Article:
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## Motion Geometry Part I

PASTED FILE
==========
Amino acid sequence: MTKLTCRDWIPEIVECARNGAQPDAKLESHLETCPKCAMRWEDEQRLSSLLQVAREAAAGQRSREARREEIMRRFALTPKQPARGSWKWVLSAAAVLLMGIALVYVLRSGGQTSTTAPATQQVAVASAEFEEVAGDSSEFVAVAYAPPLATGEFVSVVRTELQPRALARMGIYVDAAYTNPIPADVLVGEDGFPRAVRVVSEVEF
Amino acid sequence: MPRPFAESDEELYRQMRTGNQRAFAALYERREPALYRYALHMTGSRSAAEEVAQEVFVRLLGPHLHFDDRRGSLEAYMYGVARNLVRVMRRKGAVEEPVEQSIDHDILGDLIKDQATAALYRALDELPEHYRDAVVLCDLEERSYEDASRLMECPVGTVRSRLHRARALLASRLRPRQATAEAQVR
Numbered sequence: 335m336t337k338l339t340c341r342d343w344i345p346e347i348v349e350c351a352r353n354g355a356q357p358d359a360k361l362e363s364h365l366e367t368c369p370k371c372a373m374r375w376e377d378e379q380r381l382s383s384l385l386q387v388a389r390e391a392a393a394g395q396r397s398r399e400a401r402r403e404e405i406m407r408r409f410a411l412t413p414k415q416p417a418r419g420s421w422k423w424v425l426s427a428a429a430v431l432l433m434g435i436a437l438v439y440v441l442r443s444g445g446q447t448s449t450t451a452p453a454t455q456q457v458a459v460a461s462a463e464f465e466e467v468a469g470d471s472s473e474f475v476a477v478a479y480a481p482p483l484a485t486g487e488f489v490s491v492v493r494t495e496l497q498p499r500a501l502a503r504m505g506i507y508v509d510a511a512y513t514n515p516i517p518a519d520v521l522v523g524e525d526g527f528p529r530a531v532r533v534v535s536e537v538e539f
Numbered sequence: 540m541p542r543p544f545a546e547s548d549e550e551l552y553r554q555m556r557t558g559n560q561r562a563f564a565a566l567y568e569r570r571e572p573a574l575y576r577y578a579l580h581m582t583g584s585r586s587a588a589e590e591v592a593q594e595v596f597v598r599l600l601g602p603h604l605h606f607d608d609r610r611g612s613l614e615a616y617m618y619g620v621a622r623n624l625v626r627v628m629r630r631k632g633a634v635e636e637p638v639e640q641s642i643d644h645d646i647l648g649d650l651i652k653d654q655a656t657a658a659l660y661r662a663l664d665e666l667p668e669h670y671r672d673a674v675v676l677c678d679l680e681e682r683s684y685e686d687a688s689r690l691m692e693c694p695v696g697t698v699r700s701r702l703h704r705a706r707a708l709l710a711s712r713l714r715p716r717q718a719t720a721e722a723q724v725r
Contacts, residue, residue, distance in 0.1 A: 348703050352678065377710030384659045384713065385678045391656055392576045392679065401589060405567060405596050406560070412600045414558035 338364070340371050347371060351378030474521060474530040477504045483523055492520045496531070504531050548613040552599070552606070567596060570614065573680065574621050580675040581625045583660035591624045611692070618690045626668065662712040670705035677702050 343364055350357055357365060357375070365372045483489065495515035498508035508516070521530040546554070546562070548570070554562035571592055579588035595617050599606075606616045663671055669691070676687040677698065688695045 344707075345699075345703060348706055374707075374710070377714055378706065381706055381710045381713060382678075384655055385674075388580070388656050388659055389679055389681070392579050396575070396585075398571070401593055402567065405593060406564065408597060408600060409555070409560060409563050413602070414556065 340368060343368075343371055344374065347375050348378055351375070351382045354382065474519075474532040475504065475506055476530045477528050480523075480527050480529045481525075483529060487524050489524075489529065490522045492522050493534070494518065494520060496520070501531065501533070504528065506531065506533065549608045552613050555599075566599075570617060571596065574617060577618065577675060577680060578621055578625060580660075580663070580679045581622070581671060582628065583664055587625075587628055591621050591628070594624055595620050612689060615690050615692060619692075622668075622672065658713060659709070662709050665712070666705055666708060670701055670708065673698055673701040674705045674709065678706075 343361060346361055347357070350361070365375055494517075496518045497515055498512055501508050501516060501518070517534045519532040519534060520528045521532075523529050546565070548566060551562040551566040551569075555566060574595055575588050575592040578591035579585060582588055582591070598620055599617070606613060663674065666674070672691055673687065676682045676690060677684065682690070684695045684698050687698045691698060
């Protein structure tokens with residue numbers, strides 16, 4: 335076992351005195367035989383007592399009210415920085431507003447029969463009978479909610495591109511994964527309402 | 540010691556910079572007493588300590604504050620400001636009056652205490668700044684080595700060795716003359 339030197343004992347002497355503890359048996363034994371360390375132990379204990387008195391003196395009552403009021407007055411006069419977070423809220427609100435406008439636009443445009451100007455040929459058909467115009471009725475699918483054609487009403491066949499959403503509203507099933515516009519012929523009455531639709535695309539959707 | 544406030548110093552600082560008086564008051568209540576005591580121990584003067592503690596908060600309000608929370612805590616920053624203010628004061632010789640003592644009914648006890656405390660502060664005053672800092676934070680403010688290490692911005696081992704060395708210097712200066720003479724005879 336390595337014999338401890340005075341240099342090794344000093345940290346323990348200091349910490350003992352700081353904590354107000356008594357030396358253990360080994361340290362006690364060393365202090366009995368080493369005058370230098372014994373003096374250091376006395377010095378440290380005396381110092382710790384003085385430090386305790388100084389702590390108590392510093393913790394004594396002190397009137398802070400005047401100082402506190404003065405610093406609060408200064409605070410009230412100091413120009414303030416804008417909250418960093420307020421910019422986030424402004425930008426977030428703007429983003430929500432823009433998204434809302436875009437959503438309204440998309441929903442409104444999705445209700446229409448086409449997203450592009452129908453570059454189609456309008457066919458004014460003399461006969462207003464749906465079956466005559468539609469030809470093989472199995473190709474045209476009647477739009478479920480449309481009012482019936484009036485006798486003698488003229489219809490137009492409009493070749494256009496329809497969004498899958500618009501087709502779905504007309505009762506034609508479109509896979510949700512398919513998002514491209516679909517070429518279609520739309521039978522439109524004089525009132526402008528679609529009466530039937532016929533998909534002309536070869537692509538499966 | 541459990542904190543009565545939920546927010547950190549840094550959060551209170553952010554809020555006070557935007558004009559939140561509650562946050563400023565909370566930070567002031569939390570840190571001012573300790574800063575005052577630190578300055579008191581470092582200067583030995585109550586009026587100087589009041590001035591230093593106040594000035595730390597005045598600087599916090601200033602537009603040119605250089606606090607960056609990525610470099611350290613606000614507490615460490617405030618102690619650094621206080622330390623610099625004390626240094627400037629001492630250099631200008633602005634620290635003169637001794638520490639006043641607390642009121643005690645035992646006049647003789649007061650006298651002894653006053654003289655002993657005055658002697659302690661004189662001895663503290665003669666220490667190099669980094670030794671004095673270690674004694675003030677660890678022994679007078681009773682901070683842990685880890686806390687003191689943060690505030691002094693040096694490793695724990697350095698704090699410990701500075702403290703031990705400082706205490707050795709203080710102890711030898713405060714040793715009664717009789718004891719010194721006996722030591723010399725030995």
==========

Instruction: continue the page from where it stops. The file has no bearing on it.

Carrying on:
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**Motion GeometryPart I**Solve Problems Organize Analyze Geometry Reason Model Compute Measure Communicate**Transformations**A transformation is a change in position, shape, or size of a figure.**Example**• Putting together a jigsaw puzzles is an example motion geometry in action and can be used to illustrate transformations.**How does it work?**• When you get a new jigsaw puzzle, you dump all the pieces out of the box onto a table.**What do you do next?**• You probably turn the pieces over so that they are all face up. • You might adjust the angle of the pieces. • You might slide a piece across the table. Each of these represents a transformation of the piece.**Each of these translations has a special name.**• Flipping the piece over is an example of a reflection (or flip). • Changing the angle of the piece is an example of a rotation (or turn). • Moving the piece across the table is an example of a translation (or slide).**Isometry**If a figure and the figure formed by transforming it are congruent, the transformation is called an isometry. If a transformation is an isometry, the sizeand shape of the figure remains the same and only the position of the figure changes.**Fact**• In an isometry distance is also preserved. Since the figures before and after the transformation are congruent, the distance between corresponding points does not change.**What do you think?**• Is flipping a puzzle piece an isometry?**Solution**• Yes. • The image and object are congruent. • Shape, size, and distance are preserved.**What do you think?**• Is turning or rotating a puzzle piece an isometry?**Solution**• Yes. • The image and object are congruent. • Shape, size, and distance are preserved.**What do you think?**• Is sliding a puzzle piece across the table an isometry?**Solution**• Yes. • The image and object are congruent. • Shape, size, and distance are preserved.**Orientation**The orientation of an object refers to the order of its parts as you move around the object in a clockwise or a counter-clockwise direction.**Example:What is the orientation of the giraffe’s nose,**ears, and tail starting with the nose and going clockwise?**Solution**• Nose – Ears – Tail**What do you think?**• If the giraffe is slid to a new position, does its orientation change?**What do you think?**• If the giraffe is turn or rotated, does its orientation change?**No. The orientation of the giraffe does not change. In**both cases the order is nose – ears – tail.**What do you think?**• If the giraffe is reflected, does its orientation change?**Yes the orientation changes in a reflection. Starting at**the nose and going clockwise, its orientation is now: nose – tail – ears.**Translations** A translation is a transformation that moves all points of a figure the samedistancein the same direction.**Translations**In order to translate a figure you need to know two things. • How far will it be translated? • In what direction will it be translated?**Fact**A translation (or slide) preserves • size, • shape, • distance, and • orientation.**Terminology**In a transformation, the given figure is called the preimage and the transformed figure is called the image. Points on the image that correspond to points on the preimage are labeled similarly but with primes. A transformation is said to map a figure onto its image.**Try It**• Choose one of your attribute pieces. • Draw an arrow on your paper. • Place your attribute piece at the end of the arrow. Trace around it. • Use the arrow (vector) to represent the direction and distance, translate your attribute piece. Trace around it.**Did you align a vertex or a side at the foot of the arrow?**Foot of arrow Foot of arrow**B'**u image B preimage C' A' C A • It is more difficult to translate using a vertex than a side. You can slide the side along the arrow. BUT**u**B A C Do not rotate as you slide. If you rotate with the vertex alone it is difficult not to rotate as well as slide the figure.**Translating Polygons by Construction**• A polygon can be translated by translating its vertices and then connecting these points. • So it is only necessary to know how to translate a point in order to know how to translate a polygon.**Example**• Translate point A according to the given vector.**Plan**• Construct a parallelogram with the ends of the arrow (vector) and point A as three of its vertices. • The fourth vertex will be, the required image.**Use your compass to measure the length of the vector**• Copy this length from point A in the general direction of the arrow.**Using your compass measure the distance from the end of the**arrow to point A. • Copy this distance from the head of the vector. • The intersection of arcs is the fourth vertex.**Try It**• Draw a line segment on your paper and a vector (arrow) near it. • Transform the segment according to the vector.**Frieze Patterns**• A frieze pattern is a pattern that repeats itself along a straight line. The pattern may be mapped onto itself with a translation. • Wallpaper borders are practical applications of frieze patterns. • Frieze patterns can be found around the eaves of some old buildings.**Translation with dot paper**• Translations on dot paper can be accomplished using the slope of the translation vector.**4**3 Solution image preimage**Mathematical Notation of a Translation**• A translation, T, that moves an object h units to the right or left and k units up or down is T(h,k). • This may also be written using the following notation. T: (x, y) (x + h, y + k) • If h is positive, the object moves to the right. • If h is negative, the object moves to the left. • If k is positive, the object moves up and • If k is negative, the object moves down.**Try It**Where would the point (2, -3) be located after the translation described by T(-5,7)?**Solution**The point moves left 5 and up 7 so T(-5, 7) (2,-3) (2 - 5,-3 + 7) The point moves from (2, -3) to (-3, 4) under this translation.**Try It**• Translate the triangle using T(3, -4).**image**Solution